Drive Angry 3D
Once again Nicolas Cage stars in a thoroughly ridiculous movie. The saving grace of Drive Angry 3D by Patrick Lussier, the maker of My Bloody Valentine 3D, is that it is intended to be ridiculous. Cage plays Milton, a muscle car fanatic who has broken out of Hell to take vengeance on a cult leader who killed his daughter. Hot on Milton’s trail is a demonic “Accountant” (William Fichtner), who wants to make sure he doesn’t get the satisfaction of vengeance. There are lots of guns, cars, explosions and things that fly out of the screen at your face, and the director has his tongue so far in his cheek you fear he might choke.
Built on the same model as Taken (2008), and following a series of less than edifying performances in the likes of The Chronicles of Narnia, Clash of the Titans and The A-Team, Liam Neeson continues to damage his credibility with Unknown, a by-the-numbers big-budget thriller that boasts commendable production values. Unfortunately, the numbers don’t really add up. Gaping plot holes and the lack of any real spark in the performances make this a drab exercise in formulaic filmmaking that might just as well be enjoyed on DVD.
A big cast in a small but interesting movie that seems to have been largely relegated to a straight-to-DVD release. Michael Sheen plays Steven Arthur Younger, a terrorist who has planted three nuclear bombs. He has been captured and is under interrogation, black-ops interrogator H, played by Samuel L. Jackson, is prepared to do the unthinkable to break him, but Carrie-Anne Moss’ Agent Brody will not stand by while unconstitutional methods of interrogation are used. Needless to say, Younger has his own agenda. A countdown to Armageddon, torture porn and an exploration of the morality of counter-terrorism methods give this picture a broad base of appeal.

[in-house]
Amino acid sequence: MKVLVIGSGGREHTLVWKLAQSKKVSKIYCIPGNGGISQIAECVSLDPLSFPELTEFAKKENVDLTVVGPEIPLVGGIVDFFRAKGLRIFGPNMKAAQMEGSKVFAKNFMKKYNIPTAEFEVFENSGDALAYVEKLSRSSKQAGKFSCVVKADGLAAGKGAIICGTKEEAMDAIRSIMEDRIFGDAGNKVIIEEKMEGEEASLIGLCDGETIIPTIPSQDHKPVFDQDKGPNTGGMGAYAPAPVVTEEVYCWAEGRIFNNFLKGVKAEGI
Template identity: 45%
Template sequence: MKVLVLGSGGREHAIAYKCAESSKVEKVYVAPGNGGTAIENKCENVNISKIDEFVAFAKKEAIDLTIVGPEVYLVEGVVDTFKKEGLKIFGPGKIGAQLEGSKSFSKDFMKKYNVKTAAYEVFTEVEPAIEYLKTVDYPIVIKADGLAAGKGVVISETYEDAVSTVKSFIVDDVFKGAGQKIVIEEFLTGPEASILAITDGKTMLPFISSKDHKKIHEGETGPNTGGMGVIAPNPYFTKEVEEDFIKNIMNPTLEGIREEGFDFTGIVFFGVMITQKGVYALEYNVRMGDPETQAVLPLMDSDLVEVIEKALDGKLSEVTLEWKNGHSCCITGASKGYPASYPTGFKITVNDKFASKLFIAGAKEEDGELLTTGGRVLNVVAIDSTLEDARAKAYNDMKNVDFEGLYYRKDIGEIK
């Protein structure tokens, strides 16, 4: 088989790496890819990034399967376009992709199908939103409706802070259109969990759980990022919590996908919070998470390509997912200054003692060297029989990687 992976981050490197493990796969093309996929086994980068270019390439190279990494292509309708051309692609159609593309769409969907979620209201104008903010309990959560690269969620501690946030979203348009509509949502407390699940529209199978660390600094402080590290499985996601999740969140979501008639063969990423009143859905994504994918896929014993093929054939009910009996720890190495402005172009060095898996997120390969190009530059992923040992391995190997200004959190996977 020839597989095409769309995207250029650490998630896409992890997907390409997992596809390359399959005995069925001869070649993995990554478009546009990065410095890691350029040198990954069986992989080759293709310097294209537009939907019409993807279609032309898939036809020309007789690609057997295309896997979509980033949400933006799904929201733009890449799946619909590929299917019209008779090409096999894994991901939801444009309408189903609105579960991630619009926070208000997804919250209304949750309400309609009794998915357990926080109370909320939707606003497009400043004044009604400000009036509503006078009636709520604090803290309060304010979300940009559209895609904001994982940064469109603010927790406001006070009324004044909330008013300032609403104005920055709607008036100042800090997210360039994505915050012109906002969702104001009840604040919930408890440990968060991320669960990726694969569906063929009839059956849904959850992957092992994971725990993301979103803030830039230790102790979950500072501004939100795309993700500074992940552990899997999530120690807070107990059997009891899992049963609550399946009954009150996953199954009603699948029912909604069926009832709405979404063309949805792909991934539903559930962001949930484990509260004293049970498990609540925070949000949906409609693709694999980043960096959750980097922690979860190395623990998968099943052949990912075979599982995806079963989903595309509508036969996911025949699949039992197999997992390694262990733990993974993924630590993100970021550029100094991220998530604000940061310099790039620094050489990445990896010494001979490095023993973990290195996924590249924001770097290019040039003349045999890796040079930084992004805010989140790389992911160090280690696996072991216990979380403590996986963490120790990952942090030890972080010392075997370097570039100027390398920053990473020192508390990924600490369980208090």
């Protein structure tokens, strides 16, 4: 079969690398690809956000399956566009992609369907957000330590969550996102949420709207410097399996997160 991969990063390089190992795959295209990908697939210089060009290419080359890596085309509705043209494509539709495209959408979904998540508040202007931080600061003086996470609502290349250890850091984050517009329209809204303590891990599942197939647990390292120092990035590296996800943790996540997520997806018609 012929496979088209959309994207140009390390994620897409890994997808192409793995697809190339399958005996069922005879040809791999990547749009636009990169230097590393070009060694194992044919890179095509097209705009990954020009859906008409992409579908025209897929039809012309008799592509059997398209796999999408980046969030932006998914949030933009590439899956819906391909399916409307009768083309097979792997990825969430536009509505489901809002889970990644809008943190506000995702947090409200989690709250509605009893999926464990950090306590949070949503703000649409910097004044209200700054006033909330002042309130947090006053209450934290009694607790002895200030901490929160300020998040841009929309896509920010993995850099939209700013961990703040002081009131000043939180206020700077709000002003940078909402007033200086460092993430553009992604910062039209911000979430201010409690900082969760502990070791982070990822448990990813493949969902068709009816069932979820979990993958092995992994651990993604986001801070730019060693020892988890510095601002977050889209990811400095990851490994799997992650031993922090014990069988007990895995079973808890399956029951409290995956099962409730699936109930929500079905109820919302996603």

James Cameron has lent this Australian adventure thriller his imprimatur with an executive producer credit, and while the whiz-bang effects (in this case some impressive underwater photography and CGI, but rather lackluster 3D) are in evidence, the assurance, energy and inventiveness that made Titanic and Avatar such successful films (regardless of whether we liked them or not) are totally lacking. The dialogue is stilted and often ridiculous, the story never makes much sense, and we don’t really care if the characters live or die. The film does have some well-filmed action sequences, but putting up with the ‘Crocodile’ Dundee accents is a high price to pay for these exciting visuals.
A Barefoot Dream (Maen-bal-eui ggoom)
The South Korean nomination for best foreign film at the Oscars, A Barefoot Dream tells the story of an ex-soccer pro who has fallen on hard times, sets up a get rich quick scheme in East Timor, becomes involved in the lives of local kids, takes the rag-tag bunch in hand as a coach, and shapes them into a team that has a chance to play in the International Youth Soccer Championship in Japan. Although this underdog sports movie is predictable from start to finish, solid acting and a decent script, along with the unusual East Timor setting, lift A Barefoot Dream above the common run of such inspirational fare. Based on actual events, though with a big dose of sentiment that ends with an inevitable slow-motion penalty shoot-out.